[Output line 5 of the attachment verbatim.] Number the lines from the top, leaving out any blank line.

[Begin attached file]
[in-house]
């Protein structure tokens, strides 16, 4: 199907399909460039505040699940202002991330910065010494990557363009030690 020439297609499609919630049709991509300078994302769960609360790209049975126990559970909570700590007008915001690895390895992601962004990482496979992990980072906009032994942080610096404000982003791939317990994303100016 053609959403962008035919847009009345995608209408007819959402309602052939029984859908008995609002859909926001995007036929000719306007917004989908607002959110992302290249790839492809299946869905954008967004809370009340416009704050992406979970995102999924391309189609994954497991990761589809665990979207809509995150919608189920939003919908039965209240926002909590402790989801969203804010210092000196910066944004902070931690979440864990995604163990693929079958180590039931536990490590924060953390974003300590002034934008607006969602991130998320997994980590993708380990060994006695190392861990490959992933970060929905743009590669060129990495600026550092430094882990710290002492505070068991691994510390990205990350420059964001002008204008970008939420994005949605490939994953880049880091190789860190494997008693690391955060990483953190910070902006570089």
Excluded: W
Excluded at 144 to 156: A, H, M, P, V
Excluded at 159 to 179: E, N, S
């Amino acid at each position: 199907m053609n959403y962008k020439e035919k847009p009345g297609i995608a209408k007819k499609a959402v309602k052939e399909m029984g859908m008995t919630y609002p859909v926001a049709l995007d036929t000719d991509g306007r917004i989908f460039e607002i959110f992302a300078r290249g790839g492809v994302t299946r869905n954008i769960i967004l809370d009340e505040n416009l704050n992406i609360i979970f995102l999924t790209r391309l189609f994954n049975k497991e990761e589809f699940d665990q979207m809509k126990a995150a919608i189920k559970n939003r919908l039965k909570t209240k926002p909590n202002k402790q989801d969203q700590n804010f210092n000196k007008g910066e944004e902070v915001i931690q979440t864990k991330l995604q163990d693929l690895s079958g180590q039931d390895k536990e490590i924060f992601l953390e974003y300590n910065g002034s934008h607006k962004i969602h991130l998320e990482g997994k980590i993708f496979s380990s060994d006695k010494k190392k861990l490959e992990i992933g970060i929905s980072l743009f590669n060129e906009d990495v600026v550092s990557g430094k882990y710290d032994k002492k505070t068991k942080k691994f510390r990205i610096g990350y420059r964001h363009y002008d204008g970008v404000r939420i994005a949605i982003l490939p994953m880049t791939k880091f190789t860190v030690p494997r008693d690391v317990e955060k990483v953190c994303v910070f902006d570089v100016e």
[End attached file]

Excluded at 159 to 179: E, N, S